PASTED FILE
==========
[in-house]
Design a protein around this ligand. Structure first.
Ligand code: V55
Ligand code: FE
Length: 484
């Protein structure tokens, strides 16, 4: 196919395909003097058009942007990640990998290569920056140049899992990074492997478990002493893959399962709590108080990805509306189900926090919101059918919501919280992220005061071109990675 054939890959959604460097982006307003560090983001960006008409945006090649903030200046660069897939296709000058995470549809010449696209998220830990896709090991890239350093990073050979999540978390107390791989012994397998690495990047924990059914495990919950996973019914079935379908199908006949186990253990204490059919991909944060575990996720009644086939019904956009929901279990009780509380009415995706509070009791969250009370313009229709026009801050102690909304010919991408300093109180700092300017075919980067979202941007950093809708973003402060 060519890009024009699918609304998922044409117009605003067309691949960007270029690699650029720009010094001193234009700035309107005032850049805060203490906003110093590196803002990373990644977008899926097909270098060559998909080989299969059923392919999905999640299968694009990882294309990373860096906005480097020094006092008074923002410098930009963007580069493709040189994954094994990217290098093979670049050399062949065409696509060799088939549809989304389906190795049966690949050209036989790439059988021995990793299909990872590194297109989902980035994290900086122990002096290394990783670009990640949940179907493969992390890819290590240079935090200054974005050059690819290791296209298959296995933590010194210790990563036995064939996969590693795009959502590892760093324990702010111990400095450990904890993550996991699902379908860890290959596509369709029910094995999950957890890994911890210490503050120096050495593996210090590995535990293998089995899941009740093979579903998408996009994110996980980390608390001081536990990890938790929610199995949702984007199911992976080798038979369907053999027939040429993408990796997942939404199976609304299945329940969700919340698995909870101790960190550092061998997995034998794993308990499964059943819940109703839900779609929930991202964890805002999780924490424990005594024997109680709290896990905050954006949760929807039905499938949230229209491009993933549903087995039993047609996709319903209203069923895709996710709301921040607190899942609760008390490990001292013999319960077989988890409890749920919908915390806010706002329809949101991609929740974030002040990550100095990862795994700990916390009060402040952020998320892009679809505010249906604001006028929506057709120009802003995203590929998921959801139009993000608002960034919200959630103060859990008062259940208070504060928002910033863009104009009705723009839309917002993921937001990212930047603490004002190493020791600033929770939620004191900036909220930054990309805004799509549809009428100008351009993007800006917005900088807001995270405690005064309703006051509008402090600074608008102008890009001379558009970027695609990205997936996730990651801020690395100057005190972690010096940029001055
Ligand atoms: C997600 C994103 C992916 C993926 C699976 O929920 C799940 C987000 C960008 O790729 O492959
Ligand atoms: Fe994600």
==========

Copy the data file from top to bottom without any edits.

[in-house]
Design a protein around this ligand. Structure first.
Ligand code: V55
Ligand code: FE
Length: 484
């Protein structure tokens, strides 16, 4: 196919395909003097058009942007990640990998290569920056140049899992990074492997478990002493893959399962709590108080990805509306189900926090919101059918919501919280992220005061071109990675 054939890959959604460097982006307003560090983001960006008409945006090649903030200046660069897939296709000058995470549809010449696209998220830990896709090991890239350093990073050979999540978390107390791989012994397998690495990047924990059914495990919950996973019914079935379908199908006949186990253990204490059919991909944060575990996720009644086939019904956009929901279990009780509380009415995706509070009791969250009370313009229709026009801050102690909304010919991408300093109180700092300017075919980067979202941007950093809708973003402060 060519890009024009699918609304998922044409117009605003067309691949960007270029690699650029720009010094001193234009700035309107005032850049805060203490906003110093590196803002990373990644977008899926097909270098060559998909080989299969059923392919999905999640299968694009990882294309990373860096906005480097020094006092008074923002410098930009963007580069493709040189994954094994990217290098093979670049050399062949065409696509060799088939549809989304389906190795049966690949050209036989790439059988021995990793299909990872590194297109989902980035994290900086122990002096290394990783670009990640949940179907493969992390890819290590240079935090200054974005050059690819290791296209298959296995933590010194210790990563036995064939996969590693795009959502590892760093324990702010111990400095450990904890993550996991699902379908860890290959596509369709029910094995999950957890890994911890210490503050120096050495593996210090590995535990293998089995899941009740093979579903998408996009994110996980980390608390001081536990990890938790929610199995949702984007199911992976080798038979369907053999027939040429993408990796997942939404199976609304299945329940969700919340698995909870101790960190550092061998997995034998794993308990499964059943819940109703839900779609929930991202964890805002999780924490424990005594024997109680709290896990905050954006949760929807039905499938949230229209491009993933549903087995039993047609996709319903209203069923895709996710709301921040607190899942609760008390490990001292013999319960077989988890409890749920919908915390806010706002329809949101991609929740974030002040990550100095990862795994700990916390009060402040952020998320892009679809505010249906604001006028929506057709120009802003995203590929998921959801139009993000608002960034919200959630103060859990008062259940208070504060928002910033863009104009009705723009839309917002993921937001990212930047603490004002190493020791600033929770939620004191900036909220930054990309805004799509549809009428100008351009993007800006917005900088807001995270405690005064309703006051509008402090600074608008102008890009001379558009970027695609990205997936996730990651801020690395100057005190972690010096940029001055
Ligand atoms: C997600 C994103 C992916 C993926 C699976 O929920 C799940 C987000 C960008 O790729 O492959
Ligand atoms: Fe994600």